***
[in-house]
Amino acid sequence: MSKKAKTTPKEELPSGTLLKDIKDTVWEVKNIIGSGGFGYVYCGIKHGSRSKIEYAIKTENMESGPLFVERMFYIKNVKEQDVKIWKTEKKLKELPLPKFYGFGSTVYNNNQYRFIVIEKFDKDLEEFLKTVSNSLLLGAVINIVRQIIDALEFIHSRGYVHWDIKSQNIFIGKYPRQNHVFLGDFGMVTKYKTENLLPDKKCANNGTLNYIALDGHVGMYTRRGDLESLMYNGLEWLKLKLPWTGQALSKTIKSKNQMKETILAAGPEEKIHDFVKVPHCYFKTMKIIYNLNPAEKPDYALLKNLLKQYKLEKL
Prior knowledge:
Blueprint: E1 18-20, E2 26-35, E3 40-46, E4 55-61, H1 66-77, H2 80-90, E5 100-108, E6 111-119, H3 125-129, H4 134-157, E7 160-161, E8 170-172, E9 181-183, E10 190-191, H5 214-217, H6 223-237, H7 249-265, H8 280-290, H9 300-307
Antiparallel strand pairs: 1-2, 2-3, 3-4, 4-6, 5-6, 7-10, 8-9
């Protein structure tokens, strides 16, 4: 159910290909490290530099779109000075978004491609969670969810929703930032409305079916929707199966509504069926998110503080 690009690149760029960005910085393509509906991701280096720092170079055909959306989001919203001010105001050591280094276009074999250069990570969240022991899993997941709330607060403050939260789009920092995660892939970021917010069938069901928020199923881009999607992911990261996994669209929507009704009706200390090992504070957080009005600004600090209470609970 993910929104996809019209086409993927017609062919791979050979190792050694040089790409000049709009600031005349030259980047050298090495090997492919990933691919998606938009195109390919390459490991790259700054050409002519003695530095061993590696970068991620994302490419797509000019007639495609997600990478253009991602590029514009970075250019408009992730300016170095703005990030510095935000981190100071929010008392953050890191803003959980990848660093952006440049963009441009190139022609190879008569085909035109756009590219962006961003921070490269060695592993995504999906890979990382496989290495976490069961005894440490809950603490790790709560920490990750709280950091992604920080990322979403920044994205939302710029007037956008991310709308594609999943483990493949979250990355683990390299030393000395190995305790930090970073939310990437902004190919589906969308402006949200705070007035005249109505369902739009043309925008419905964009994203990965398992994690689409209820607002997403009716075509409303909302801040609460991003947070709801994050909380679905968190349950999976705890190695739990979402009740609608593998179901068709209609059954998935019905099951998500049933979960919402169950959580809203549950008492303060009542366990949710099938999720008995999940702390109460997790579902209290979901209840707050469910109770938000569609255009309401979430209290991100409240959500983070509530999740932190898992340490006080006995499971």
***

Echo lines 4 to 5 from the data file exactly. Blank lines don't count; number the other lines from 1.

Blueprint: E1 18-20, E2 26-35, E3 40-46, E4 55-61, H1 66-77, H2 80-90, E5 100-108, E6 111-119, H3 125-129, H4 134-157, E7 160-161, E8 170-172, E9 181-183, E10 190-191, H5 214-217, H6 223-237, H7 249-265, H8 280-290, H9 300-307
Antiparallel strand pairs: 1-2, 2-3, 3-4, 4-6, 5-6, 7-10, 8-9